Sheriff doubts serial killer theory as second set of human remains found in Chautauqua County

Chautauqua County

PORTLAND, N.Y. (WIVB) – Two sets of human skeletal remains were found in a wooded area in the Town of Portland over the past three days, according to the Chautauqua County Sheriff’s Office.

Authorities told News 4 that both sets of remains — one discovered Sunday and another found in a subsequent search Monday — were found less than 20 yards from each other near the Rails to Trails entrance off Woleben Road, about 25 minutes southwest of Dunkirk.

However, authorities do not yet know if the skeletal remains are connected. One set appeared to have been in the ground much longer than the other, they said.

“We don’t believe that there is a serial killer,” Sheriff Jim Quattrone told News 4’s Chris Horvatits. “We’re not sure if it’s a coincidence or if this is related.”

Quattrone said a human skull was discovered Sunday. The ensuing excavation revealed skeletal remains of a female that had been in a shallow grave.

As a search for evidence was underway Monday, officers found a second set of remains, Quattrone said. This set of remains was mostly bones, and there was not an immediate indication of the age or gender, he said.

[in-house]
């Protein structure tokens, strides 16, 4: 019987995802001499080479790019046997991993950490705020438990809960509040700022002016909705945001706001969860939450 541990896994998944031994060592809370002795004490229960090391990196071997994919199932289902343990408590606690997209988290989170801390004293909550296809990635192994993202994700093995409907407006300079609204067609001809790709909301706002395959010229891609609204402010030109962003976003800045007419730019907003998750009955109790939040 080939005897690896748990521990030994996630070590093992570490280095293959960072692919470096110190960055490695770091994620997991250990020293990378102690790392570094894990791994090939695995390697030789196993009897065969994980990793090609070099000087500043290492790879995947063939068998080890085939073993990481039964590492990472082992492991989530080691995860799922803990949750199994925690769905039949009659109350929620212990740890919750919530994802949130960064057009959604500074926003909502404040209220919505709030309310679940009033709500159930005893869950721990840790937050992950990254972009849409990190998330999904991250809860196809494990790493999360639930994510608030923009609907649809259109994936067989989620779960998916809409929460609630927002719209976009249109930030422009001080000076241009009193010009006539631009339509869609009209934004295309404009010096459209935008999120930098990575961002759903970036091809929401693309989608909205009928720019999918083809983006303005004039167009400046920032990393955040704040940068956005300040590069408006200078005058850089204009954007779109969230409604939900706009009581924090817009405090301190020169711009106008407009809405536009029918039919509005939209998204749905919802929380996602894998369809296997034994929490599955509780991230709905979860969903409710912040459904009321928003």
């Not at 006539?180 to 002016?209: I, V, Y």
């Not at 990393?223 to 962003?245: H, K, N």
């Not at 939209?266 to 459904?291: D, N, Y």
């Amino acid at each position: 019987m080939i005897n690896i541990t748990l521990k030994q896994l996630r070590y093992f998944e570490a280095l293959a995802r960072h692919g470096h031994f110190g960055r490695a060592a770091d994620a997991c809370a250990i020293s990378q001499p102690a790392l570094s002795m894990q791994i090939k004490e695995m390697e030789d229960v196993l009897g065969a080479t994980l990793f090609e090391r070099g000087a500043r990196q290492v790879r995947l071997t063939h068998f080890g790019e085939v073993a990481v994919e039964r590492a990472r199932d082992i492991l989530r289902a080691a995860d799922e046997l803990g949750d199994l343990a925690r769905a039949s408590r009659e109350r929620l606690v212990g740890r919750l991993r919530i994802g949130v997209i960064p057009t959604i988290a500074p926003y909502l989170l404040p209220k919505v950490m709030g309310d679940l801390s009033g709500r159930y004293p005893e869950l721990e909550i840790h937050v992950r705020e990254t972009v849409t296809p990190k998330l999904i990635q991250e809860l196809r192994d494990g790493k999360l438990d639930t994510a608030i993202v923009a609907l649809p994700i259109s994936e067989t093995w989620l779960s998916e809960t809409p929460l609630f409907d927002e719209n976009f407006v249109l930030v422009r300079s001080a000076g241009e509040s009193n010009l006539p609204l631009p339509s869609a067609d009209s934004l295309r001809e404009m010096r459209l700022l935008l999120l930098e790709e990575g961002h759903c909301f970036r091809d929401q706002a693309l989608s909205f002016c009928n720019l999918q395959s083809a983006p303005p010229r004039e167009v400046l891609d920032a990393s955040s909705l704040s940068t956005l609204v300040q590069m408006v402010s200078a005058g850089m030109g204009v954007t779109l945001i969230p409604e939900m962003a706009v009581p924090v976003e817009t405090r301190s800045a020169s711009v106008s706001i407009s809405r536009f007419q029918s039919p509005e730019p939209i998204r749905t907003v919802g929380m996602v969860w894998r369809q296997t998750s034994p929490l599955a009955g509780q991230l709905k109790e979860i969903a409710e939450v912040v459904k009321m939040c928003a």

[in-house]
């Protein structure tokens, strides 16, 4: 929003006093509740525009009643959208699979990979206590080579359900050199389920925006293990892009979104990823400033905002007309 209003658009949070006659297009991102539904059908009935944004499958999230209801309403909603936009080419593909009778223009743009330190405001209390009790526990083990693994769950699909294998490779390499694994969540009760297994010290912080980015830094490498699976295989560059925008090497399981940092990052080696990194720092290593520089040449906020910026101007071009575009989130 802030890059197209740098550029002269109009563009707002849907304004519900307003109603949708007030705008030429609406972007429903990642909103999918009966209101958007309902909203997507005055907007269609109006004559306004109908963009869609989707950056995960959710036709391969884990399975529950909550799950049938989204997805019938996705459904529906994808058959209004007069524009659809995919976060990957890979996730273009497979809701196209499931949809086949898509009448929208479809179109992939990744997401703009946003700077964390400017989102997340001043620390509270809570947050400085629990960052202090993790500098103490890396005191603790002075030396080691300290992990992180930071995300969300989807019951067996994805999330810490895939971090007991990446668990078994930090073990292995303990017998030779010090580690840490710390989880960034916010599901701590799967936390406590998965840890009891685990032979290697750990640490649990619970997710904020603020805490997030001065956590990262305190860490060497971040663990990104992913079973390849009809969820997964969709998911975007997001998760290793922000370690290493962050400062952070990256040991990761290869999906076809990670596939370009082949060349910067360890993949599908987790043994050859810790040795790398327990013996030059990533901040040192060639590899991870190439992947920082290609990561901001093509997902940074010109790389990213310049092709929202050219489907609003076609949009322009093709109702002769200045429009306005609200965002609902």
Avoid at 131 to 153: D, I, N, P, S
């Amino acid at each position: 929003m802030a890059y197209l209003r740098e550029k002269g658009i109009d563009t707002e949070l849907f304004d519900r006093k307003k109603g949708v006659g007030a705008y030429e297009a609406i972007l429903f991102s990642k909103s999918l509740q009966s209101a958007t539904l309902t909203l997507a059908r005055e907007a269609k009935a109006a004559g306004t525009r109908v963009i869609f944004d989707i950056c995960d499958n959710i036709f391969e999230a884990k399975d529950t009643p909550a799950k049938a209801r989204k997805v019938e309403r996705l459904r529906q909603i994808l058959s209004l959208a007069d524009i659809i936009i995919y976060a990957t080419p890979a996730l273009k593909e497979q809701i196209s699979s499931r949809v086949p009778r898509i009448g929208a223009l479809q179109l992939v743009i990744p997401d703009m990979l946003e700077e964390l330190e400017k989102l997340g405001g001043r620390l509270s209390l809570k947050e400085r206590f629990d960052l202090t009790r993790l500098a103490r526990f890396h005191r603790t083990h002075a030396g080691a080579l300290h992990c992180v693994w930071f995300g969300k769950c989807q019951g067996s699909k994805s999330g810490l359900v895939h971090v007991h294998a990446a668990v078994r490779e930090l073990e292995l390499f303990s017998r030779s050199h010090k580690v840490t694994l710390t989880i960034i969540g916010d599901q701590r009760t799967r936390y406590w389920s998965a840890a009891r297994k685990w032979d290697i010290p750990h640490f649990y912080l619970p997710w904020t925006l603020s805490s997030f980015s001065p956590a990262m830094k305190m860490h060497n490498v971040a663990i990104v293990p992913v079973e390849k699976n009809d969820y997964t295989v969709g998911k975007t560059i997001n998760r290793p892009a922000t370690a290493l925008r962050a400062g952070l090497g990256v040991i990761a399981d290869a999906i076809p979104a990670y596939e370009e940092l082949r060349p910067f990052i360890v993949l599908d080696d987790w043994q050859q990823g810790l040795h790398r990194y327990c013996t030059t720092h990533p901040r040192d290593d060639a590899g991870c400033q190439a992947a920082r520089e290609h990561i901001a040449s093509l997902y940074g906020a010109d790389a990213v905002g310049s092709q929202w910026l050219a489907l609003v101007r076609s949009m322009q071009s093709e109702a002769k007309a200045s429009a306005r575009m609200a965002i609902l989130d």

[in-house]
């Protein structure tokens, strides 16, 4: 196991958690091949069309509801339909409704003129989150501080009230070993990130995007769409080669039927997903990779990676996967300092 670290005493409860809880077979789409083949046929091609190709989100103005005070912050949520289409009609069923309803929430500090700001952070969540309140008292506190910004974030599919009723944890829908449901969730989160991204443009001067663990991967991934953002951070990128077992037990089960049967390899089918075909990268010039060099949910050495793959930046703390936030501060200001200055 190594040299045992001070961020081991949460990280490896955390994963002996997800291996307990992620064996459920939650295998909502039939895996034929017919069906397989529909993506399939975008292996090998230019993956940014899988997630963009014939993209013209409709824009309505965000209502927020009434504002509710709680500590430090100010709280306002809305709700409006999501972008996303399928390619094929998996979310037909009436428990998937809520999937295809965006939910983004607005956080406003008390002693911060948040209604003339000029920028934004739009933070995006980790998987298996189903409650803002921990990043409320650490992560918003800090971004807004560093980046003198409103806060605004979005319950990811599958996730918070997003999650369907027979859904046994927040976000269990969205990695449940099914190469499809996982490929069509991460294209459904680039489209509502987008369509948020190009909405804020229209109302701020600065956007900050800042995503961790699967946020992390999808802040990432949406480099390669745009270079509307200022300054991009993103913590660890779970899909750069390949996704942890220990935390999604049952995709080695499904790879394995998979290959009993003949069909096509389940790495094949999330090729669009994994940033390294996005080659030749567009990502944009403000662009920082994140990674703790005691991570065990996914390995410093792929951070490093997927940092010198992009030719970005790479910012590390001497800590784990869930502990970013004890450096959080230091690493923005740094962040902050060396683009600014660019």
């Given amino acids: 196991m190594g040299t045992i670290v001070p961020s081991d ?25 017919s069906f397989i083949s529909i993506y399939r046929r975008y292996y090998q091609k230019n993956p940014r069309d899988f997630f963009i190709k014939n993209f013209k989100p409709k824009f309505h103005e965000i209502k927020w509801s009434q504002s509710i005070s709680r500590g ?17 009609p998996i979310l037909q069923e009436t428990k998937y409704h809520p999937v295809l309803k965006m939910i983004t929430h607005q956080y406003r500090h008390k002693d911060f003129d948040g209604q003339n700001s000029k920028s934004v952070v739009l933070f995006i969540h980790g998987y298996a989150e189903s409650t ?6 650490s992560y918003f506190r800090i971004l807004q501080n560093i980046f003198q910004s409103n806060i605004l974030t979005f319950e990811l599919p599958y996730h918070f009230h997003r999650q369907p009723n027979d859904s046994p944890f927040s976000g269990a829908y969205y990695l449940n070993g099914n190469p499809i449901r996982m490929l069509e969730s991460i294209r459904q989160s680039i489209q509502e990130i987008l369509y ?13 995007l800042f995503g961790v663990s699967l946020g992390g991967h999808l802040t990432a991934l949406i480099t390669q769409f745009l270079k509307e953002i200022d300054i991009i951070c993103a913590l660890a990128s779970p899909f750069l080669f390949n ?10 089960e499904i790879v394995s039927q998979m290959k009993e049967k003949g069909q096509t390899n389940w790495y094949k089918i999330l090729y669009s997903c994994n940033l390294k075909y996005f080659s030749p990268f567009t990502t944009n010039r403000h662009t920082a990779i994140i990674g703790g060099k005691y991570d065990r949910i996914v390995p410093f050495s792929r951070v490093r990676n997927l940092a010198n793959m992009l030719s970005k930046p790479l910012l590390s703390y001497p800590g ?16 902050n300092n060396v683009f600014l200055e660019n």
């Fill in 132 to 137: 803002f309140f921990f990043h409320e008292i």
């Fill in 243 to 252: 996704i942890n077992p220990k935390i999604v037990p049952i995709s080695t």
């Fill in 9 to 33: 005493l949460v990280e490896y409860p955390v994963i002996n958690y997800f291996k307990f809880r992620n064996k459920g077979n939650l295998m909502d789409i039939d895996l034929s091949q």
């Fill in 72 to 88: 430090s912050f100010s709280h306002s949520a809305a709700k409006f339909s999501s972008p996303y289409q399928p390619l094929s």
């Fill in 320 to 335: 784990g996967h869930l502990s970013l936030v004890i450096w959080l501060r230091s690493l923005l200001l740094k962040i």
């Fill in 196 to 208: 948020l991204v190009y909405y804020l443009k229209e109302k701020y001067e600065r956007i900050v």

Police will continue trying to match the first, older set of remains to missing persons cases in the area.

“We have DNA from Patricia Laemmerhirt, who has been missing since 1976 from Westfield, which is just about ten miles from here,” Quattrone said. “Based on the forensic anthropologist, we are thinking that it’s probably in the ’70s that the first set of remains was located.”

Quattrone said the department also has dental records of Corrie Anderson, who went missing in Chautauqua County in 2008, and Lori Ceci Bova, who went missing in 1997.

But as for the second set of remains, which police believe were placed at their present location within the past year, Quattrone says they don’t have any recent missing persons locally who might be a match.

Both sets of remains were transferred to Mercyhurst Anthropology Lab in Erie, Pa. for further analysis.

This story has been updated.

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